The novel can be generally classified as historical fiction. It contains elements of many types of popular 18th and 19th century literature, especially the romance novel. War and Peace attains its literary status by transcending genres. Tolstoy was instrumental in bringing a new kind of consciousness to the novel. His narrative structure is noted for its "god-like" ability to hover over and within events, but also swiftly and seamlessly to take a particular character's point of view.[6] His use of visual detail is often cinematic in its scope, using the literary equivalents of panning, wide shots and close-ups, to give dramatic interest to battles and ballrooms alike. There are mental flashbacks, as when Napoleon reconstructs some of his previous victories. There are other temporal devices, such as a future Napoleon writing about the events that are unfolding. These devices, while not exclusive to Tolstoy, are part of the new novel that is arising in the mid-19th century and of which Tolstoy proves himself a master.[7]

Realism

Tolstoy incorporated extensive historical research, and he was influenced by many other novels as well.[8] He was quite critical of standard history, especially the standard military history, in War and Peace. Tolstoy read all the standard histories available in Russian and French about the Napoleonic Wars and combined more traditional historical writing with the novel form - he explains at the start of the novel's third volume his views on how history ought to be written. His aim was to blur the line between fiction and history, in order to get closer to the truth, as he states in Volume II.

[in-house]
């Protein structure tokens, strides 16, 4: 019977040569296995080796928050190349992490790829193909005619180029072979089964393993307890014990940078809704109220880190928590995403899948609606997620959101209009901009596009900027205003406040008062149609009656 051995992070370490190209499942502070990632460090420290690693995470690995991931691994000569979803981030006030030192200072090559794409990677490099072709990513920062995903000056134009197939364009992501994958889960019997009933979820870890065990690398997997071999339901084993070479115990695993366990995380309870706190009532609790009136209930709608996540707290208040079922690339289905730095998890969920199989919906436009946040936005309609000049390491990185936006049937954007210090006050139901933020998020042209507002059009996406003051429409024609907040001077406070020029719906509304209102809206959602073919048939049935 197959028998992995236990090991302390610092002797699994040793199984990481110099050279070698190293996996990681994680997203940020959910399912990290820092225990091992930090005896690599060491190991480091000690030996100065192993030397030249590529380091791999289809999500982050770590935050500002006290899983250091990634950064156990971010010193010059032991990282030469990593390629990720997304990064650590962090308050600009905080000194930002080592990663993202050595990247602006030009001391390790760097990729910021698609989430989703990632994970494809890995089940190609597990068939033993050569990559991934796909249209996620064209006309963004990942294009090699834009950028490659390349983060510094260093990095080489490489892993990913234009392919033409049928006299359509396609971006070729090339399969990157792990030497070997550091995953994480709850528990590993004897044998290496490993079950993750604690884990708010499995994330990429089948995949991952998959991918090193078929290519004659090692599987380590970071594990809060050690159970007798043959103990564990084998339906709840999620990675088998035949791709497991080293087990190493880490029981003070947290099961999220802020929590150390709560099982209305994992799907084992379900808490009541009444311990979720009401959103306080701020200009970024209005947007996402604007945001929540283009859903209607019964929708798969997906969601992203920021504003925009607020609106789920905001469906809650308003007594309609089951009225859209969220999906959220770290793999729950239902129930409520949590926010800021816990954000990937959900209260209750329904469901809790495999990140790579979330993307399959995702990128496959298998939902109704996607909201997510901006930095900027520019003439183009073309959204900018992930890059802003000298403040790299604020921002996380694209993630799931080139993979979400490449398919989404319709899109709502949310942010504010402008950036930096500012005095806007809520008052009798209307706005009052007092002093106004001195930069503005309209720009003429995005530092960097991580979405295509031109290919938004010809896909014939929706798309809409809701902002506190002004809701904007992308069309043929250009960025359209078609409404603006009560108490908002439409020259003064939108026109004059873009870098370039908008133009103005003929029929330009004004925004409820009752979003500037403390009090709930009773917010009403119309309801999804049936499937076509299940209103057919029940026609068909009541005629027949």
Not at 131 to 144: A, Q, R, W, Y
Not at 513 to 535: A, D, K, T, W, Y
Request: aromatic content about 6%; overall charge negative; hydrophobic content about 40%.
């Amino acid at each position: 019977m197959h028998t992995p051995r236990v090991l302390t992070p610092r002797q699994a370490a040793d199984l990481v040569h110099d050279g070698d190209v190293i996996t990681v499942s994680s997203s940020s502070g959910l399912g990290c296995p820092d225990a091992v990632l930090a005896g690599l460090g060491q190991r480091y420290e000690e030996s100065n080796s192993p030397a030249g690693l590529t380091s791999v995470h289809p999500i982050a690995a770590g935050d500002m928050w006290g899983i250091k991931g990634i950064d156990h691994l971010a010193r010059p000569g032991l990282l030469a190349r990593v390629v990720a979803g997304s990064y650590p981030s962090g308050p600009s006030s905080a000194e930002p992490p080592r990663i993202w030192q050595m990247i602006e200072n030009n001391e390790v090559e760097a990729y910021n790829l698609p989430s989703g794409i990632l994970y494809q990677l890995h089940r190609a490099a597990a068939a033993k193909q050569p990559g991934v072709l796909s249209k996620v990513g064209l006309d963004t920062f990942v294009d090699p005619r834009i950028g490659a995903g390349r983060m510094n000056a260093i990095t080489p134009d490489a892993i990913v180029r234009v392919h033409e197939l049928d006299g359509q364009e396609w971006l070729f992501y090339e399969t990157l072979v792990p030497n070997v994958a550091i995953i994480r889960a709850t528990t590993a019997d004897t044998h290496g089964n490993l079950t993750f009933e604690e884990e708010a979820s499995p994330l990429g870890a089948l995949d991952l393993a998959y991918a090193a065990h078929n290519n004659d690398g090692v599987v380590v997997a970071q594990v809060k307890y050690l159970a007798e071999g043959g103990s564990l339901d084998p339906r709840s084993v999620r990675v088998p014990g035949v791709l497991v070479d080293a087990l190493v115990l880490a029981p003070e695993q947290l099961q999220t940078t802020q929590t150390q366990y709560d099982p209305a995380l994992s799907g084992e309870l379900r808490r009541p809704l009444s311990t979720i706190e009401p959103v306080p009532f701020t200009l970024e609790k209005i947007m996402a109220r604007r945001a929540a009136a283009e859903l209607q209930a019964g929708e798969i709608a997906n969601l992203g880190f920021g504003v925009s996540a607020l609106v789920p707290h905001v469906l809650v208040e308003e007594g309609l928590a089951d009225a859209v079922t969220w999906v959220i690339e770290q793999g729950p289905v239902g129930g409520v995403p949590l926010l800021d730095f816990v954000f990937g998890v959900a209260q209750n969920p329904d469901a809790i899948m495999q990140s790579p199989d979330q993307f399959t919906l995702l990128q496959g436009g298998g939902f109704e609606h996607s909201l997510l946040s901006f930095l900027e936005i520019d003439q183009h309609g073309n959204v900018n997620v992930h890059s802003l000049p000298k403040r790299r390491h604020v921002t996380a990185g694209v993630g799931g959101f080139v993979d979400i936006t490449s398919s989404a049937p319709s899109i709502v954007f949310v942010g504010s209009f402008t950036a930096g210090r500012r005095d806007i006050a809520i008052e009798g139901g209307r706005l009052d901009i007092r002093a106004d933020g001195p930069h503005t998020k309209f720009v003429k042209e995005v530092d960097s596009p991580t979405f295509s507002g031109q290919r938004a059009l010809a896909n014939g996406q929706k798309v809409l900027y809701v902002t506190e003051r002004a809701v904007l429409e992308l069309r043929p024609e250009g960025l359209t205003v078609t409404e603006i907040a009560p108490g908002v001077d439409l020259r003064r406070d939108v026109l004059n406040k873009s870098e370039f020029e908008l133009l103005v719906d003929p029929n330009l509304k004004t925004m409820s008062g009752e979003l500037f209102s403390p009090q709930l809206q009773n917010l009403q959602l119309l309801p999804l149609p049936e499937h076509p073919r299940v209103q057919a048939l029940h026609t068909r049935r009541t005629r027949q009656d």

The novel is set 60 years earlier than the time at which Tolstoy wrote it, "in the days of our grandfathers," as he puts it. He had spoken with people who had lived through the war of 1812, so the book is also, in part, accurate ethnography fictionalized. He read letters, journals, autobiographical and biographical materials pertaining to Napoleon and the dozens of other historical characters in the novel. There are approximately 160 real persons named or referred to in War and Peace.[9]

Reception